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56   My Brother Theodore Roosevelt

[the young cousin referred to in 'Teedie's' letter to Doctor West] talked about natural history."

The experience of a winter on the Nile was a very wonderful one for the little American children, and "Ellie's" anticipations were more than carried out. Before we actually set sail I write in my journal of our wonderful trip to the pyramids and our impressions, childish ones of course, of the marvellous bazaars; and then we finally leave Cairo and start on the journey up the ancient river. I have always been so glad that our trip was before the days of the railway up to Karnak, for nothing could have been more Oriental and unlike modern life than the slow progress of our dahabeah, the Aboo Erdan. When there was wind we tacked and slowly sailed, for the boat was old and bulky, but when there was no wind the long line of sailors would get out on the bank of the river and, tying themselves to the rope attached to the bow, would track slowly along, bending their bronzed backs with the effort, and singing curious crooning songs.

In a letter dated December 27 I write to my aunt: "I will tell you about my presents. Amongst others I got a pair of pretty vases, and Teedie says the little birds they have on them are an entirely new species. Teedie and Father go out shooting every day, and so far have been very lucky. Teedie is always talking about it whenever he comes in the room, in fact when he does come in the room you always hear the words `bird' and `skin.' It certainly is great fun for him." In connection with these same shooting-trips my father writes: "Teedie took his gun and shot an ibis and one or two other specimens this morning while the crew were taking breakfast. Imagine seeing not only flocks of these birds, regarded as so rare by us in days gone by as to be selected as a subject for our game of `twenty questions,' but also of storks, hawks, owls, pelicans, and, above all, doves innumerable. I presented Teedie with a breech-loader at Christmas, and he was perfectly delighted. It was entirely unexpected to him, although he had been shooting with it as mine. He is a most enthusiastic sportsman and has infused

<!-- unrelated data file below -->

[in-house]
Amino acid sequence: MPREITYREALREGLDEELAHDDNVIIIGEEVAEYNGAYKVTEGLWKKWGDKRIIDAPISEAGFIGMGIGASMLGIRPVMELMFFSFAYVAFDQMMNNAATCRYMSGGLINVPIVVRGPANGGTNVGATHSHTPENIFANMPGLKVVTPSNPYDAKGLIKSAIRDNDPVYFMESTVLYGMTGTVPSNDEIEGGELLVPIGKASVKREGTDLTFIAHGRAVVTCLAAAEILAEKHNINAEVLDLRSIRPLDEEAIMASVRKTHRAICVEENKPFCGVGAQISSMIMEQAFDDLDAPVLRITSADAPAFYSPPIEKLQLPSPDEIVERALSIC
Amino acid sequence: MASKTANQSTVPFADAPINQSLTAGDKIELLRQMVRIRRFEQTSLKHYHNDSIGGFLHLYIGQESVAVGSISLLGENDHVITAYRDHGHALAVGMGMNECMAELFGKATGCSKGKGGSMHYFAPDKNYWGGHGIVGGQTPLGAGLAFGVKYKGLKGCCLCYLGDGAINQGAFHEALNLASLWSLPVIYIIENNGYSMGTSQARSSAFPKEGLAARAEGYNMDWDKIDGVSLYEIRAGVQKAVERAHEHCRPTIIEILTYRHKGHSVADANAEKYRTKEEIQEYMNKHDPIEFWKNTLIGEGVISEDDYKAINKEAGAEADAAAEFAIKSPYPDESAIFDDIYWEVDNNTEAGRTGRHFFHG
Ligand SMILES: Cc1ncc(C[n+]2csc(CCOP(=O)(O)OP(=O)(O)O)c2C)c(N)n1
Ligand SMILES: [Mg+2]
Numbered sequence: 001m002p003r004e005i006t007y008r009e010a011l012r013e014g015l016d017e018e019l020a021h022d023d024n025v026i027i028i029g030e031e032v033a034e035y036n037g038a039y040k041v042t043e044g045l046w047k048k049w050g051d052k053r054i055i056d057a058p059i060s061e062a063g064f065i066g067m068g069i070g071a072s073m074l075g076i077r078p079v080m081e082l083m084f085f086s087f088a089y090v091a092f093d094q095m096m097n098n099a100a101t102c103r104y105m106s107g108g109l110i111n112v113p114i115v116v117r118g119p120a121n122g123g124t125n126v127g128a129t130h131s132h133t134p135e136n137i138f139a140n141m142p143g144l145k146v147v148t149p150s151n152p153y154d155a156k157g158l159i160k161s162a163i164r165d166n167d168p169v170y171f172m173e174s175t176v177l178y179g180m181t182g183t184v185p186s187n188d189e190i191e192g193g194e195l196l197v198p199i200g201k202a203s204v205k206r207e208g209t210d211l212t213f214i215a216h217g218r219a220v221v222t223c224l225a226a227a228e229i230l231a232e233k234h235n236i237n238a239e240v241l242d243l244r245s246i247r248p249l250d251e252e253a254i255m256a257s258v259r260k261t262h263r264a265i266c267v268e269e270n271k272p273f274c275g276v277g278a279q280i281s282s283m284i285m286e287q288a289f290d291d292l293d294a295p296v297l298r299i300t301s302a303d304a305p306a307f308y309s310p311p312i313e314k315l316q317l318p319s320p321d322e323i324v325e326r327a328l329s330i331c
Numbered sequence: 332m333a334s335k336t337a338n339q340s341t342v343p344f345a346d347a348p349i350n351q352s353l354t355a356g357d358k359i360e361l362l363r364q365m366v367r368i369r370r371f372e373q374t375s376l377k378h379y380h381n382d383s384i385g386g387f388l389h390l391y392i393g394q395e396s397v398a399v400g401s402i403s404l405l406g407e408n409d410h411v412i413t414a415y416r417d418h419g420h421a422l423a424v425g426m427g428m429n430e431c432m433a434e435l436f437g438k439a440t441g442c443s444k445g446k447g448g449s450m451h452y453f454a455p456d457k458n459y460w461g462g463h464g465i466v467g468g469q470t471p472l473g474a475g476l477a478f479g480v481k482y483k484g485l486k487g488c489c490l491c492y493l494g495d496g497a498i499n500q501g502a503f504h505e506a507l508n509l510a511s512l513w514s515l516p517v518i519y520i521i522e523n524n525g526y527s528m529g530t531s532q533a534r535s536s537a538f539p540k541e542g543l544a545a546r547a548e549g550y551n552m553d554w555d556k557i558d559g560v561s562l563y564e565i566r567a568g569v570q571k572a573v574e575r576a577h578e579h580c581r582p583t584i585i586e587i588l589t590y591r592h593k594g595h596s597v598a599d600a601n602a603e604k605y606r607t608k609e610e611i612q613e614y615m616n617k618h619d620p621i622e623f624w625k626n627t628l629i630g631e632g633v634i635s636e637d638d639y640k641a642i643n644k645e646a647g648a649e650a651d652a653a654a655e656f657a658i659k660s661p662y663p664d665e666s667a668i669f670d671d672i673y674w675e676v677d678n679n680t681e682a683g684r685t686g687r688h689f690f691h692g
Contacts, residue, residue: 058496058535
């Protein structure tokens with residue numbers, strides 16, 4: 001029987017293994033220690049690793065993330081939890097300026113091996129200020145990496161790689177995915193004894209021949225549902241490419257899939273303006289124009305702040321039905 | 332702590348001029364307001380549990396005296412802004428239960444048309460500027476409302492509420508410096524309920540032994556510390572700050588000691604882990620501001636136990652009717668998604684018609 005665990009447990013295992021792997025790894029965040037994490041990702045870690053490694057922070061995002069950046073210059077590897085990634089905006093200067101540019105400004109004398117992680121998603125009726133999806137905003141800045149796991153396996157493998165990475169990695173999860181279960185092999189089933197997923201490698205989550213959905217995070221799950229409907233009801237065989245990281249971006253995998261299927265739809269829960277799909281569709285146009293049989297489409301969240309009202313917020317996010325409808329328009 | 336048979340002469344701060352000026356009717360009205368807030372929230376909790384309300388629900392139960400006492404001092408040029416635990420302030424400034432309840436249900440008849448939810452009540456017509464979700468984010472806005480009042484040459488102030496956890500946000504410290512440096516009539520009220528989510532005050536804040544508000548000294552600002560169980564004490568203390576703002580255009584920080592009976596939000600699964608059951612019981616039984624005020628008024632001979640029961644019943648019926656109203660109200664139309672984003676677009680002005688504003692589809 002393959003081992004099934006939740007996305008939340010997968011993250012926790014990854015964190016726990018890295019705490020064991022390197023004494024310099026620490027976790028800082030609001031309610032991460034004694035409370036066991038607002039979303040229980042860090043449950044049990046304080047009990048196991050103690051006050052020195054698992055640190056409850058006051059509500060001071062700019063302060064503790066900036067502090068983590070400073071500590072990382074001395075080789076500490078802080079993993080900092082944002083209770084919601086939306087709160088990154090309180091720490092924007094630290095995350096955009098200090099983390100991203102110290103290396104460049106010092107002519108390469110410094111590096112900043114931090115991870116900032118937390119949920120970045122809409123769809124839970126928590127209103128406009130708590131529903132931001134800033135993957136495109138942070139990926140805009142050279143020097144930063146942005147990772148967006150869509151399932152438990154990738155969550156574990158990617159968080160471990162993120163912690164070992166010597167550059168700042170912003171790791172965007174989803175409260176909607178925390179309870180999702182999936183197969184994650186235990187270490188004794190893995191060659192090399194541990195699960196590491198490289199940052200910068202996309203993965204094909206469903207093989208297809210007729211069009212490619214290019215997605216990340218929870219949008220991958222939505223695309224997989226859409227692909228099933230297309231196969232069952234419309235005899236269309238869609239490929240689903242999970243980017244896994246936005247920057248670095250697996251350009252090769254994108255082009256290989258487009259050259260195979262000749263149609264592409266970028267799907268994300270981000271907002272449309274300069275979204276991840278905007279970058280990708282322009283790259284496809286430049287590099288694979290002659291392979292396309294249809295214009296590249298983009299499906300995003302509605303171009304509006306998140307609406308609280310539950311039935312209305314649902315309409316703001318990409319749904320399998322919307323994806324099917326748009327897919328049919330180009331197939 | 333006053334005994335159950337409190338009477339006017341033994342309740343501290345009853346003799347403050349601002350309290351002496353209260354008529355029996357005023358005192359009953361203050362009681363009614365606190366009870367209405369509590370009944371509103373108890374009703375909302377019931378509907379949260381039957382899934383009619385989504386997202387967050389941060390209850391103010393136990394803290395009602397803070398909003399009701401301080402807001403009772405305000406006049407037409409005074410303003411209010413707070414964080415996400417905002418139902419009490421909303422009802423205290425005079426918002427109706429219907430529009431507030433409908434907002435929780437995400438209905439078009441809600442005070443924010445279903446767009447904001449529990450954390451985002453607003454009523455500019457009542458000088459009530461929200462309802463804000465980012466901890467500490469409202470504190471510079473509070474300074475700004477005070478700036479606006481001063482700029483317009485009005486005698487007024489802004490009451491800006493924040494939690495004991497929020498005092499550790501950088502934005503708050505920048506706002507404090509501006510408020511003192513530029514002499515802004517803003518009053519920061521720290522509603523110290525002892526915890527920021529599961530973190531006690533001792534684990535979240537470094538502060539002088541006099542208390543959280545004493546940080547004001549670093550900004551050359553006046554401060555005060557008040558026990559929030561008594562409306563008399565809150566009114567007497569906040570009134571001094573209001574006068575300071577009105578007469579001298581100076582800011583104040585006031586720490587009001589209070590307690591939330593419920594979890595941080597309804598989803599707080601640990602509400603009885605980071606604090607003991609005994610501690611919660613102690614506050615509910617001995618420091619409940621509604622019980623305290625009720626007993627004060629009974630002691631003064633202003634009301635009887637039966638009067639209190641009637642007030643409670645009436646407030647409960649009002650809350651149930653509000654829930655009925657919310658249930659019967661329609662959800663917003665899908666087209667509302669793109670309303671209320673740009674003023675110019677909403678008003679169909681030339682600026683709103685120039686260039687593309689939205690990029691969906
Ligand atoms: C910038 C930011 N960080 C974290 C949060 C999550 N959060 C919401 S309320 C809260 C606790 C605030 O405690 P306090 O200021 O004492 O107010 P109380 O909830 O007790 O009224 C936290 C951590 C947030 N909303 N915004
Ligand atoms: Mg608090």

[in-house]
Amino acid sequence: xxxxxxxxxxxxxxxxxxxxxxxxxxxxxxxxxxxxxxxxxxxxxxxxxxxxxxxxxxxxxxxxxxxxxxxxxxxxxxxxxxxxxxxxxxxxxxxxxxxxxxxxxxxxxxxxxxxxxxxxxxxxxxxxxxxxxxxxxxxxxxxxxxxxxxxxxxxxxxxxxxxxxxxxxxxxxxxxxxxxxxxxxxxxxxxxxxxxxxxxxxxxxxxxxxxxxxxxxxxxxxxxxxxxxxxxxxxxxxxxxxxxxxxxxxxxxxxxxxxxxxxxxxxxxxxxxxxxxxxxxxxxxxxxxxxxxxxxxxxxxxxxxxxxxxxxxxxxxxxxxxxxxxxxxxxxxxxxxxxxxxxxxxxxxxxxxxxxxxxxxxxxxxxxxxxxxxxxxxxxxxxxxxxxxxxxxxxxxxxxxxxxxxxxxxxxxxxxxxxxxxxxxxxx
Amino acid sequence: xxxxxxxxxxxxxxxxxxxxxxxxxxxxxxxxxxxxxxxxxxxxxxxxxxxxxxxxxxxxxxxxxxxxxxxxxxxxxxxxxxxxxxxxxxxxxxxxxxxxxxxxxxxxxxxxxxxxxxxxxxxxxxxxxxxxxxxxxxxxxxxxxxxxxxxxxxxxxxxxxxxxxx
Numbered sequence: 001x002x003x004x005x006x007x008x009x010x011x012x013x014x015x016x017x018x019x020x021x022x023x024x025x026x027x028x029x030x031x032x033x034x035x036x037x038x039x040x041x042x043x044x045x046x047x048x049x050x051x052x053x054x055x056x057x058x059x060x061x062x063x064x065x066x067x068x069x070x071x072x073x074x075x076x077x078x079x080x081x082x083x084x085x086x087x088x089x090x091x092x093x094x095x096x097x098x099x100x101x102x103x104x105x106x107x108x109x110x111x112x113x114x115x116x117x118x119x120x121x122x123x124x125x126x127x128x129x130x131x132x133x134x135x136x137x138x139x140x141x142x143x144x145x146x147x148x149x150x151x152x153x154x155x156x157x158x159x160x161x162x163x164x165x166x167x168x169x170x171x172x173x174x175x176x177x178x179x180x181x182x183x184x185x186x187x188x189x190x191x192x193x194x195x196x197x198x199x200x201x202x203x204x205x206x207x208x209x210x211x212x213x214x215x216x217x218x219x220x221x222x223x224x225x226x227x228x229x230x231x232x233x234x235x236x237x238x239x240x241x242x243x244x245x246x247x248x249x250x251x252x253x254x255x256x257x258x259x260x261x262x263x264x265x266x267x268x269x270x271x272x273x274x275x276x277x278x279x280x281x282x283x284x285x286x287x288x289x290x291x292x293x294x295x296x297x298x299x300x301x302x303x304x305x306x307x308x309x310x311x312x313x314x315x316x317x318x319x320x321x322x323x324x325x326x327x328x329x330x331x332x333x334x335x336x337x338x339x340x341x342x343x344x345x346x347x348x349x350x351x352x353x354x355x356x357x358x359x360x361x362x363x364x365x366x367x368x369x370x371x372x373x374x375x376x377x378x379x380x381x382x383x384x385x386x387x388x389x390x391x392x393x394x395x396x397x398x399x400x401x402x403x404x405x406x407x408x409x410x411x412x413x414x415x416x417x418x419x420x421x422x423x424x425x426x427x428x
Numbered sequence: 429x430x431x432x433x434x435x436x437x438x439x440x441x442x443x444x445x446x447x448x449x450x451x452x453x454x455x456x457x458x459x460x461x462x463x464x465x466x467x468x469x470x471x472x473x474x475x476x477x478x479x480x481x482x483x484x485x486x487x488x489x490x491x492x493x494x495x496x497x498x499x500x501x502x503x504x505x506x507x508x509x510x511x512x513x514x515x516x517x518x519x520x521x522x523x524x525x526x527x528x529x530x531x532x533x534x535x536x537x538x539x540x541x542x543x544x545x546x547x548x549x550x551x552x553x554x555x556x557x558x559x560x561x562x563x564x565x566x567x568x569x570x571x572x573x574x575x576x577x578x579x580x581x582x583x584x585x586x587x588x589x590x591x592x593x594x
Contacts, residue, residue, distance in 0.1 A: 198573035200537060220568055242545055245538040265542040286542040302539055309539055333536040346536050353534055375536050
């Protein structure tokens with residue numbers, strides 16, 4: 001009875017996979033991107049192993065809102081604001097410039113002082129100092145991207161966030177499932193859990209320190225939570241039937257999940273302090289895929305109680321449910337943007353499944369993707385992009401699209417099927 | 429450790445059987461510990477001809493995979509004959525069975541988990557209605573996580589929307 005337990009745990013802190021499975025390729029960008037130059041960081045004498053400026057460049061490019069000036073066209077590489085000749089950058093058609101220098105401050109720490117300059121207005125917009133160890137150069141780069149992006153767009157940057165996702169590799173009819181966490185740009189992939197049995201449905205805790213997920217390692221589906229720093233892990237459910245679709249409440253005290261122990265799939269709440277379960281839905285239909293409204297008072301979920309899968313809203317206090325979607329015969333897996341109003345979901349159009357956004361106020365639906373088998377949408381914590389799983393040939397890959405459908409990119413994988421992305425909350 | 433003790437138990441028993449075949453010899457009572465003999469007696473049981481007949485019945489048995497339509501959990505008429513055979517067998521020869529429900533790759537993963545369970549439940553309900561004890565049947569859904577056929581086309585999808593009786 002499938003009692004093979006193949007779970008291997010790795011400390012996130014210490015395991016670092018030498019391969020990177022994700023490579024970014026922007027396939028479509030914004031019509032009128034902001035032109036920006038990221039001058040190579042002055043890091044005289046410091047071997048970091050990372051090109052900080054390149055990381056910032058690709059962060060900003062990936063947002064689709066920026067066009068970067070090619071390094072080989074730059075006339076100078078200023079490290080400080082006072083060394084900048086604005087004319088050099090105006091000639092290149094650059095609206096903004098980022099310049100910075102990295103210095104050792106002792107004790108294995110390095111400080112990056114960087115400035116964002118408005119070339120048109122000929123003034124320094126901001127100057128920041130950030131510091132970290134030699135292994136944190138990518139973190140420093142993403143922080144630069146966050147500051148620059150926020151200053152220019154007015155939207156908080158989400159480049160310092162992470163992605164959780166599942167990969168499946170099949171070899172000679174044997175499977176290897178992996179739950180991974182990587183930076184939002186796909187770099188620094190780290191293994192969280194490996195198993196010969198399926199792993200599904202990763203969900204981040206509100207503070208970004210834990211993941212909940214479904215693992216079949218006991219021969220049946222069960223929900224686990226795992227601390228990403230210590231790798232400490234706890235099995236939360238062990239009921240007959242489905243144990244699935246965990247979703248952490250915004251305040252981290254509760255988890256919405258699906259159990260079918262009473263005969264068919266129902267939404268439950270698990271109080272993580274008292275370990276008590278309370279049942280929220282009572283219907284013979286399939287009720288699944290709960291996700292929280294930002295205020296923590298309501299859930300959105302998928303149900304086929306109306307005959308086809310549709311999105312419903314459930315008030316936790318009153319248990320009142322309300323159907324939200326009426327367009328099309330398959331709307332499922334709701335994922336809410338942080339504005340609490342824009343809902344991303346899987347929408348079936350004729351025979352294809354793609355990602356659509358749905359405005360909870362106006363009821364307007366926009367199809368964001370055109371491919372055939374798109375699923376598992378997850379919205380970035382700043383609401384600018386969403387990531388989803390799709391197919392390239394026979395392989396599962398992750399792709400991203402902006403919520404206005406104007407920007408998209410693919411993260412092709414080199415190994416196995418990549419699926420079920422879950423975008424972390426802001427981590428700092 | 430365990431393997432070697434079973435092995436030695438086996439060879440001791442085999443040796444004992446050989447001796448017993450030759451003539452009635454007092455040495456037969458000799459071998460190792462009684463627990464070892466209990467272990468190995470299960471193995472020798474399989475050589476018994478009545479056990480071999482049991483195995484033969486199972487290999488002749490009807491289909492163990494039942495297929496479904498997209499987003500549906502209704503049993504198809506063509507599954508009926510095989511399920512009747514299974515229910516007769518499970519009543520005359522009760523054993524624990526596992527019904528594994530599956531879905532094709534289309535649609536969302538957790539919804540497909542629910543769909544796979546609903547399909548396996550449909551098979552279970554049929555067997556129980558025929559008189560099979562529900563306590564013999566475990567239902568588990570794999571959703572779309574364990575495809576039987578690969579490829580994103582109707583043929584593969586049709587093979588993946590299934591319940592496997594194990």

Green Fields and Foreign Faring   57

some of his spirit into me. Yesterday I walked through the bogs with him at the risk of sinking hopelessly and helplessly, for hours, and carried the dragoman's gun, which is a muzzleloader, with which I only shot several birds quietly resting upon distant limbs and fallen trees; but I felt I must keep up with Teedie."

The boy of fourteen, with his indomitable energy, was already leading his equally indomitable father into different fields of action. He never rested from his studies in natural history. When not walking through quivering bogs or actually shooting bird and beast, he, surrounded by the brown-faced and curious sailors, would seat himself on the deck of the dahabeah and skin and stuff the products of his sport. I well remember the excitement, and, be it confessed, anxiety and fear inspired in the hearts of the four young college men who, on another dahabeah, accompanied us on the Nile, when the ardent young sportsman,' mounted on an uncontrollable donkey, would ride unexpectedly into their midst, his gun slung across his shoulders in such a way as to render its proximity distinctly dangerous as he bumped absent-mindedly against them. When not actually hunting he was willing to take part in exploration of the marvellous old ruins.

In a letter to "Edie" I say: "The other day we arrived at Edfoo, and we all went to see the temple together. While we were there Teedie, Ellie, Iesi (one of our sailors), and I started to explore. We went into a little dark room and climbed in a hole which was in the middle of the wall. The boys had candles. It was dark, crawling along the passage doubled up. At last we came to a deep hole, into which Teedie dropped, and we found out it was a mummy pit. It didn't go very far in, but it all seemed very exciting to us to be exploring mummy pits. Sometimes we sail head foremost and sometimes the current turns us all the way around-and I wish you could hear the cries of the sailors when anything happens."

They were busy days, for our wise parents insisted upon

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